Court’s in recess and there goes the judge! In New England the Patriots again start the season as the Tom Brady Bunch. In New York NFL Commissioner Roger Goodell has crow for breakfast. Case closed!
After that Big Game in January, the NFL hired a law firm to do an “independent” investigation of the Patriots’ alleged use of “seemingly under-inflated footballs.” And Deflategate was born.
Per the NFL’s “policy on integrity,” a team “will give its full cooperation” to such matters. Or be deemed guilty of “conduct detrimental to the League.” The latter subjects “responsible individual(s) to appropriate discipline.” Ouch!
Early in the Game, a ball Brady threw was intercepted, given to the opponent, tested, and found to be inflated only to 11 psi (12.5 being the minimum allowable). Two Patriots equipment guys “participated in a deliberate effort to release air from game balls.” The investigative Report found it “more probable than not that Brady was at least generally aware of their inappropriate activities.”
Brady denied involvement and knowledge. Read about it in the Sept. 3 Order ending NFL Mgt. Council v. NFL Players Assn., No. 15 Civ. 5916, 5982 (S.D.N.Y.).
Accepting the Report’s findings, the NFL suspended Brady for four games. Brady appealed. Appellate recourse is to arbitration. Goodell named himself to preside.
Denying Brady’s request for access to the co-lead investigator’s files, Goodell found it “unlikely” Brady would not have known of the ball deflation. Noting that Brady instructed his assistant to destroy a cellphone containing “potentially relevant evidence,” the commish concluded Brady knew of, approved, and consented to the deflation.
There being no collectively bargained punishment for this, the commish determined “the closest parallel” to be first offense steroid abuse. Which calls for a four-game suspension without pay. Brady’s annual salary is $8 million.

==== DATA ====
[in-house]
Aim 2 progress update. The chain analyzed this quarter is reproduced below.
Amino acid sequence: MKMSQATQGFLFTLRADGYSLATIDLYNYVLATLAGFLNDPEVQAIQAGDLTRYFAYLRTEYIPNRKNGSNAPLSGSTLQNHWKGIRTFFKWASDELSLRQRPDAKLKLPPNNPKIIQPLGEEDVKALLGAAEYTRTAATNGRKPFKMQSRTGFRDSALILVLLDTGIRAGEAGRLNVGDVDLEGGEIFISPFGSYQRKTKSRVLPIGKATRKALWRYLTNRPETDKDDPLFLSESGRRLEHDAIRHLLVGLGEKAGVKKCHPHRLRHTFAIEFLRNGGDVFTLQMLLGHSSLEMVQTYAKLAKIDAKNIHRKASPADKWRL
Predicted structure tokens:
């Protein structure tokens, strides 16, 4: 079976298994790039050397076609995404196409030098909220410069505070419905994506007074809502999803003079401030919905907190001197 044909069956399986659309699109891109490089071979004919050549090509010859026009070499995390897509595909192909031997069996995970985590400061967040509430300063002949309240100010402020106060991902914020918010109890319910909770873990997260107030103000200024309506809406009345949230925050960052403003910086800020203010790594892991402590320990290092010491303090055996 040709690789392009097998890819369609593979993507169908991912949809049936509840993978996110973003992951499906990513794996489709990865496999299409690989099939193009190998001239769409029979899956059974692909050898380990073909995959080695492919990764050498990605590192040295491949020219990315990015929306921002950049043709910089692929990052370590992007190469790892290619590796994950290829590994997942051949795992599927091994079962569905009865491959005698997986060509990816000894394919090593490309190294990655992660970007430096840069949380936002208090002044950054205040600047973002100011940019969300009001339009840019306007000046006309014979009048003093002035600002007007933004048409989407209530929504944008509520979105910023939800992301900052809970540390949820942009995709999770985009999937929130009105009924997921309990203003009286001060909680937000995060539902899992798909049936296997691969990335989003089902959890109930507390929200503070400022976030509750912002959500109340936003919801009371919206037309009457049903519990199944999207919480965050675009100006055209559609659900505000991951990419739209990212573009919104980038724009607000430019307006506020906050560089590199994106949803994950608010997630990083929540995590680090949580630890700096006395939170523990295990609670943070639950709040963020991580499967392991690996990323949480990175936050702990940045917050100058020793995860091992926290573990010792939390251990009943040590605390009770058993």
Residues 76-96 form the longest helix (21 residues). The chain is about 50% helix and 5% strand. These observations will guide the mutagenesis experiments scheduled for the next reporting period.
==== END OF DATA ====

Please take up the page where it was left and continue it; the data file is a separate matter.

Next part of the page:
The judge asked whether Brady was given notice that being generally aware of someone else deflating footballs was punishable by suspension. And whether he had a meaningful opportunity to confront his accuser by examining the examiner’s files and then cross-examining the examiner.
Under the Federal Arbitration Act, an award is subject to attack if there is “evident partiality.” In labor cases the arbiter must follow the “common law of the shop” and not administer “his own brand of industrial justice.”
Brady was not given notice “that he could receive a four-game suspension for general awareness of ball deflation by others” or “non-cooperation” with an investigation.
Pulling a little stare decisis from the shelf, the judge noted prior cases where suspensions were vacated for lack of notice: one player refused to practice; another didn’t show for a weigh-in; another allegedly obstructed the “bountygate” investigation of the Saints.
“A player’s right to notice is at the heart of the CBA and … of our criminal and civil justice systems.” An arbitrator must hold a “fundamentally fair hearing [at which parties are] permitted … to cross-examine adverse witnesses.” The person Brady sought to confront was simultaneously tagged “independent” counsel for the investigation and “retained” counsel for the NFL. Good work, if you can get it.
Brady was prejudiced by Goodell’s failure to be fundamentally fair, said the judge, who vacated the suspension, closed the case, and deflated a few egos, I suspect.
Vic Fleming is a district court judge in Little Rock, Ark., where he also teaches at the William H. Bowen School of Law. Contact him at email@example.com.